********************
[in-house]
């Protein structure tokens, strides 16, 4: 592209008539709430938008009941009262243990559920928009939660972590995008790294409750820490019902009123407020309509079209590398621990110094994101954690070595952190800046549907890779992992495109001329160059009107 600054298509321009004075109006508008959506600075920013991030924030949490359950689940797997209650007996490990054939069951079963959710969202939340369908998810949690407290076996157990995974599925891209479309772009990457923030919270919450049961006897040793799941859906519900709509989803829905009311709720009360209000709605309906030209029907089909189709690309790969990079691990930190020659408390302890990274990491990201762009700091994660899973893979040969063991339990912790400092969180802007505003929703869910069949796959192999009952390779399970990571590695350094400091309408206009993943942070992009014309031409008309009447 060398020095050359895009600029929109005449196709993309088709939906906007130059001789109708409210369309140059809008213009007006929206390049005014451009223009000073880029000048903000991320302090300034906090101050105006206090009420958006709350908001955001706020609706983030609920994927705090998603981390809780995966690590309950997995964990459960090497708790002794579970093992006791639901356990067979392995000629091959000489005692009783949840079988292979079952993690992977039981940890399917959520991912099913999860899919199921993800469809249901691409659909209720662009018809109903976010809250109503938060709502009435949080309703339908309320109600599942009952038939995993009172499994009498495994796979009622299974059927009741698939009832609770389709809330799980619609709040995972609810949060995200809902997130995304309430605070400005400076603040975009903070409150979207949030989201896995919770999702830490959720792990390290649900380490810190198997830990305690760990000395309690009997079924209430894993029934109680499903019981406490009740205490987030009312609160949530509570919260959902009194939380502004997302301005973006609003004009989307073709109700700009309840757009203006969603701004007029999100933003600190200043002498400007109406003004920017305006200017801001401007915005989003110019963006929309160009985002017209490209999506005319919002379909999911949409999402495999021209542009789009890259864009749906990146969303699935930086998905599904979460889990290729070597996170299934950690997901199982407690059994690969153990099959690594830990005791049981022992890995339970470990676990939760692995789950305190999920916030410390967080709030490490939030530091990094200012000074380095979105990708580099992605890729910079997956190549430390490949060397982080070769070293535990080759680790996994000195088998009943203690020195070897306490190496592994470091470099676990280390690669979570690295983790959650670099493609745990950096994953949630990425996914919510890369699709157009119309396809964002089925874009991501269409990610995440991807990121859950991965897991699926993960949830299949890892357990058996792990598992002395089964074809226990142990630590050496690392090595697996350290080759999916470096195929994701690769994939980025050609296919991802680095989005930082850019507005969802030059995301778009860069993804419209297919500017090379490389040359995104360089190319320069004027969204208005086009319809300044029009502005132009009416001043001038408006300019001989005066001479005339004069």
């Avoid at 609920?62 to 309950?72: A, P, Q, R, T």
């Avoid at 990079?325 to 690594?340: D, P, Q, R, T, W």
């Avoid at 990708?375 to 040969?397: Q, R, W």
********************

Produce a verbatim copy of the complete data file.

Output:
[in-house]
């Protein structure tokens, strides 16, 4: 592209008539709430938008009941009262243990559920928009939660972590995008790294409750820490019902009123407020309509079209590398621990110094994101954690070595952190800046549907890779992992495109001329160059009107 600054298509321009004075109006508008959506600075920013991030924030949490359950689940797997209650007996490990054939069951079963959710969202939340369908998810949690407290076996157990995974599925891209479309772009990457923030919270919450049961006897040793799941859906519900709509989803829905009311709720009360209000709605309906030209029907089909189709690309790969990079691990930190020659408390302890990274990491990201762009700091994660899973893979040969063991339990912790400092969180802007505003929703869910069949796959192999009952390779399970990571590695350094400091309408206009993943942070992009014309031409008309009447 060398020095050359895009600029929109005449196709993309088709939906906007130059001789109708409210369309140059809008213009007006929206390049005014451009223009000073880029000048903000991320302090300034906090101050105006206090009420958006709350908001955001706020609706983030609920994927705090998603981390809780995966690590309950997995964990459960090497708790002794579970093992006791639901356990067979392995000629091959000489005692009783949840079988292979079952993690992977039981940890399917959520991912099913999860899919199921993800469809249901691409659909209720662009018809109903976010809250109503938060709502009435949080309703339908309320109600599942009952038939995993009172499994009498495994796979009622299974059927009741698939009832609770389709809330799980619609709040995972609810949060995200809902997130995304309430605070400005400076603040975009903070409150979207949030989201896995919770999702830490959720792990390290649900380490810190198997830990305690760990000395309690009997079924209430894993029934109680499903019981406490009740205490987030009312609160949530509570919260959902009194939380502004997302301005973006609003004009989307073709109700700009309840757009203006969603701004007029999100933003600190200043002498400007109406003004920017305006200017801001401007915005989003110019963006929309160009985002017209490209999506005319919002379909999911949409999402495999021209542009789009890259864009749906990146969303699935930086998905599904979460889990290729070597996170299934950690997901199982407690059994690969153990099959690594830990005791049981022992890995339970470990676990939760692995789950305190999920916030410390967080709030490490939030530091990094200012000074380095979105990708580099992605890729910079997956190549430390490949060397982080070769070293535990080759680790996994000195088998009943203690020195070897306490190496592994470091470099676990280390690669979570690295983790959650670099493609745990950096994953949630990425996914919510890369699709157009119309396809964002089925874009991501269409990610995440991807990121859950991965897991699926993960949830299949890892357990058996792990598992002395089964074809226990142990630590050496690392090595697996350290080759999916470096195929994701690769994939980025050609296919991802680095989005930082850019507005969802030059995301778009860069993804419209297919500017090379490389040359995104360089190319320069004027969204208005086009319809300044029009502005132009009416001043001038408006300019001989005066001479005339004069």
């Avoid at 609920?62 to 309950?72: A, P, Q, R, T």
């Avoid at 990079?325 to 690594?340: D, P, Q, R, T, W």
């Avoid at 990708?375 to 040969?397: Q, R, W």